When Birds Stopped Flying

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  • Published on: 14 November 2018
  • Support us on Patreon! http://patreon.com/eons

    Ratites have spread to Africa, Australia, New Zealand, and South America. And there are fossils of Ratites in Europe, Asia, and North America too. That’s a lot of ground to cover for birds that can’t fly. So how did Ratites end up all over the world?

    Thanks to Ceri Thomas for the Lithornithid reconstruction. Check out more of Ceri's paleoart at http://alphynix.tumblr.com and http://nixillustration.com

    Thanks as always to Nobu Tamura for allowing us to use his wonderful paleoart: http://spinops.blogspot.com/

    Produced in collaboration with PBS Digital Studios: http://youtube.com/pbsdigitalstudios

    Super special thanks to the following Patreon patrons for helping make Eons possible:

    Katie Fichtner, Aldo Espinosa Zúñiga, Anthony Callaghan, Esmeralda Rupp-Spangle, Gregory Donovan, Ehit Dinesh Agarwal, الخليفي سلطان, Gabriel Cortez, Marcus Lejon, Anel Salas, Robert Arévalo, Robert Hill, Kelby Reid, Todd Dittman, Betsy Radley, PS, Colin Sylvester, Philip Slingerland, John Vanek, Jose Garcia, Noah offitzer, Eric Vonk, Tony Wamsley, Henrik Peteri, Jonathan Wright, Jon Monteiro, James Bording, Brad Nicholls, Miles Chaston, Michael McClellan, Jeff Graham, Maria Humphrey, Nathan Paskett, Connor Jensen, Sapjes, Daisuke Goto, Hubert Rady, Yuntao Zhou, Gregory Kintz, Tyson Cleary, Chandler Bass, Maly Lor, Joao Ascensao, Tsee Lee, Sarah Fritts, Ruben Winter, Ron Harvey Jr, Jacob Gerke, Alex Yan

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    References:
    http://www.pnas.org/content/early/2014/03/14/1314972111
    https://researchcommons.waikato.ac.nz/handle/10289/5990
    https://www.sciencedirect.com/science/article/pii/S0277379109003953
    https://www.sciencedirect.com/science/article/pii/S0168583X09011550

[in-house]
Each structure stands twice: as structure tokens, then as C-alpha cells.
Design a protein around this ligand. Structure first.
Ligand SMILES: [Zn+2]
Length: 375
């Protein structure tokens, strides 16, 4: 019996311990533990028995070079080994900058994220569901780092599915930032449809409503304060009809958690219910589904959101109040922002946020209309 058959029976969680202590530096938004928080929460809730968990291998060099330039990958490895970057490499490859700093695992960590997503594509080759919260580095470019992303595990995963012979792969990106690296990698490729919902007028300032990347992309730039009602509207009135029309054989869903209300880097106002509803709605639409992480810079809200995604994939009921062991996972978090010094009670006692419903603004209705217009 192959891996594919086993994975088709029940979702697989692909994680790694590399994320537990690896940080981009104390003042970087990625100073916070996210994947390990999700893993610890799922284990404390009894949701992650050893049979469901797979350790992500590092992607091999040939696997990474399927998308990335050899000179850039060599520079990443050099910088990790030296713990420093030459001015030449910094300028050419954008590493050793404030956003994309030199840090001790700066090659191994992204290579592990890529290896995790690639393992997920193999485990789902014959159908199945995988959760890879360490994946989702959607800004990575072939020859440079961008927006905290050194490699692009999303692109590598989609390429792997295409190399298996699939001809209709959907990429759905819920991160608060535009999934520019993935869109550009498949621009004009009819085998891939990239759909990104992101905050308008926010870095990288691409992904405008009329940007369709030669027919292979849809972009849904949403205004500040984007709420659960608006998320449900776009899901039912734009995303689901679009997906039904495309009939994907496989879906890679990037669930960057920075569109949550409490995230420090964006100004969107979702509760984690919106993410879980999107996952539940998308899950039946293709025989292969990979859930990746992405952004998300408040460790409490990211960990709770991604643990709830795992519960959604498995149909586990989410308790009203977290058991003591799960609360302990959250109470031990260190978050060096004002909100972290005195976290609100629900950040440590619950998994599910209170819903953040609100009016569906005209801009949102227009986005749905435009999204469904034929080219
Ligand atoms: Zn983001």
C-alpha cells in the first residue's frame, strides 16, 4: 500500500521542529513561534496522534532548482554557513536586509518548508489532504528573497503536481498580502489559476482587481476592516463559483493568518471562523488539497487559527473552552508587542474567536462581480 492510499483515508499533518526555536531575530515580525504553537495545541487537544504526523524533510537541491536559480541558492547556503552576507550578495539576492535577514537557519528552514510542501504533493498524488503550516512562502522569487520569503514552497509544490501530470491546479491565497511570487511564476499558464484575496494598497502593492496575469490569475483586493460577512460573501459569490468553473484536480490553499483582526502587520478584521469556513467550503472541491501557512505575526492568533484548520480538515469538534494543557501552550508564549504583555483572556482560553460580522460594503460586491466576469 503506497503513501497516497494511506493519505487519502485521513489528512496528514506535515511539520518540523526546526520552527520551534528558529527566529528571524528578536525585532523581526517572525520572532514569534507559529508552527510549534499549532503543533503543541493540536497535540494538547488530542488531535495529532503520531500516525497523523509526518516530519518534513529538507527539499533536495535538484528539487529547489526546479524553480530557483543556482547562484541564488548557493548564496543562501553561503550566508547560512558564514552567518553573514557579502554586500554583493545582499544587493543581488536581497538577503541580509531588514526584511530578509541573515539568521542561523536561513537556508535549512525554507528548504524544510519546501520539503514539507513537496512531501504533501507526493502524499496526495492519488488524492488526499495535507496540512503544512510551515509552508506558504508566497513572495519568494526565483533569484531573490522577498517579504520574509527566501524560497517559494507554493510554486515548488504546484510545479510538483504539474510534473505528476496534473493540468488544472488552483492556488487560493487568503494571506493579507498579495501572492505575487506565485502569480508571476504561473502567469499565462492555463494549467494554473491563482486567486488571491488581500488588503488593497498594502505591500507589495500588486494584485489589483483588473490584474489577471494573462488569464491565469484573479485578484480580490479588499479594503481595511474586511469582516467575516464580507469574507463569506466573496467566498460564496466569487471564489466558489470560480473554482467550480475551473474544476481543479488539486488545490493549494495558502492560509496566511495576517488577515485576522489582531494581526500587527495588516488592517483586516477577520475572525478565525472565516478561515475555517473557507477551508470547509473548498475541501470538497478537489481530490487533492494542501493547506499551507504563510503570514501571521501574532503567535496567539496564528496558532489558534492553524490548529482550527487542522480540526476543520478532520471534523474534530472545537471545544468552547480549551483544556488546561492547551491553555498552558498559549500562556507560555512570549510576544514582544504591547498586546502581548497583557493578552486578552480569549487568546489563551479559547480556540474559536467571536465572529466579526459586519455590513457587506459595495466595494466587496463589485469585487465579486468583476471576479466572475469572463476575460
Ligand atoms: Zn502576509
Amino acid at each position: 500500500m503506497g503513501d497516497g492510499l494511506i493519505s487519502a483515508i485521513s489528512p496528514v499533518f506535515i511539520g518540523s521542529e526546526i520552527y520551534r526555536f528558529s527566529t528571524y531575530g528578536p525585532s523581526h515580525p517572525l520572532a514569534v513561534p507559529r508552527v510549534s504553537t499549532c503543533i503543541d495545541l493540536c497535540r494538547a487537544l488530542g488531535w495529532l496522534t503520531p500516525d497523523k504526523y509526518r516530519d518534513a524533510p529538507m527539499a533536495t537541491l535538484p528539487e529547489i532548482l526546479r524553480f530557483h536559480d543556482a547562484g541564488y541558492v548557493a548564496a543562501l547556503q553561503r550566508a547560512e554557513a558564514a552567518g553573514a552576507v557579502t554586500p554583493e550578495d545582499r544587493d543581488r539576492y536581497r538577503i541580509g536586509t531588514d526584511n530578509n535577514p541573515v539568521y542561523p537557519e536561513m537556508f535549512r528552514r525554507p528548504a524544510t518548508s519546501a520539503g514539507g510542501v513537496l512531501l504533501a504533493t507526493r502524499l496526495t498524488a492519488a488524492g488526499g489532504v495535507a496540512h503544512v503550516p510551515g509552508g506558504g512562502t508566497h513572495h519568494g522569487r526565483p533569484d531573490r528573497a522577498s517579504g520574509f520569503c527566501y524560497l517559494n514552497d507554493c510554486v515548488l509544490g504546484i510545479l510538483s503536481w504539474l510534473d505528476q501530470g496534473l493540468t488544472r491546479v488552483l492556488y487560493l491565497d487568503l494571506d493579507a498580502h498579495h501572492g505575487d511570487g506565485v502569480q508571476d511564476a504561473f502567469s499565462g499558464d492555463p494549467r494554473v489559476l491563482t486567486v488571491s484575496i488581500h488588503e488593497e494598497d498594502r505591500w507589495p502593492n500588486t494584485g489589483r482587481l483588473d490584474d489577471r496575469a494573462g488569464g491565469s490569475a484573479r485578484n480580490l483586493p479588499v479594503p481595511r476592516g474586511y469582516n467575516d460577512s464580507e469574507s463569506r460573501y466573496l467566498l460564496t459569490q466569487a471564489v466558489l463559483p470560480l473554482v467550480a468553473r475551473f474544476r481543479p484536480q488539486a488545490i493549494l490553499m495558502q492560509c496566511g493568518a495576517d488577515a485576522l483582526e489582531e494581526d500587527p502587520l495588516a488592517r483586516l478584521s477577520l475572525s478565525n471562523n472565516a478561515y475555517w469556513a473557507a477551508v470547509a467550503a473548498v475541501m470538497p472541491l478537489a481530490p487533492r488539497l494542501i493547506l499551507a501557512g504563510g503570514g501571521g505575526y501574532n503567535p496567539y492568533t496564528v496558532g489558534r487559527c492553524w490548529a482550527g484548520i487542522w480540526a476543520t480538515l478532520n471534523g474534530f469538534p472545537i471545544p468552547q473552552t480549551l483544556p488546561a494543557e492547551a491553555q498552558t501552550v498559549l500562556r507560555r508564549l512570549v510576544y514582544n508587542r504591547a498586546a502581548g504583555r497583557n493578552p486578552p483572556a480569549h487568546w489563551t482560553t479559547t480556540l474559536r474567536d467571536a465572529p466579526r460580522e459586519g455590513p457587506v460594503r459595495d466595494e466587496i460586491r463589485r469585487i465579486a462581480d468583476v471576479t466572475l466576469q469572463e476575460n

https://journals.plos.org/plosone/article?id=10.1371/journal.pone.0016670
    https://www.researchgate.net/publication/228865624_New_fossil_ratite_Aves_Palaeognathae_eggshell_discoveries_from_the_Late_Miocene_Baynunah_Formation_of_the_United_Arab_Emirates_Arabian_Peninsula
    https://www.jstor.org/stable/3545707
    http://www.pnas.org/content/115/7/1546
    https://onlinelibrary.wiley.com/doi/abs/10.1111/j.1365-2699.2008.01923.x
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    http://science.sciencemag.org/content/324/5923/42
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    https://www.tandfonline.com/doi/full/10.1080/02724634.2015.1031345
    https://www.notornis.osnz.org.nz/notes-weight-flying-ability-habitat-and-prey-haasts-eagle-harpagornis-moorei
    https://www.jstor.org/stable/2462941
    https://onlinelibrary.wiley.com/doi/abs/10.1002/jmor.1052130108
  • Runtime : 7:32
  • dinosaurs dinos paleo paleontology scishow eons pbs pbs digital studios hank green john green complexly fossils natural history Giant Moa flightless birds Haast Eagle Ratites Moa’s Ark Vicariance hypothesis kiwi ostrich emu Elephant Bird Rhea Tinamou Gondwana Lithornis Lithornids Demon Ducks Terror Birds herbivorous birds

COMMENTS: 40

  • Luis Hoyos
    Luis Hoyos   1 days ago

    How did penguins came to be, will they become marine creatures ?

  • MarloSoBalJr
    MarloSoBalJr   1 weeks ago

    Man the Aussies sure did dodge a bullet against those damn Giant Moas.Oh!... They lost to the hairy chickens known as "Emus?"...

  • Xdeser 2
    Xdeser 2   1 weeks ago

    The picture at 6:07 feels weird and anachronistic considering that 2500 years ago roughly was contemporaneous with Alexander the Great, Qin Shi Huang, The Founding of the Roman Republic and the Mayan city states, and not, like, early man.

  • creepy whiteTrash
    creepy whiteTrash   1 weeks ago

    So in definition what is a ratite? With the amount of convergent evolution going on there sure only one continent is the home of a 'true ratite'

  • Oxyaena
    Oxyaena   1 weeks ago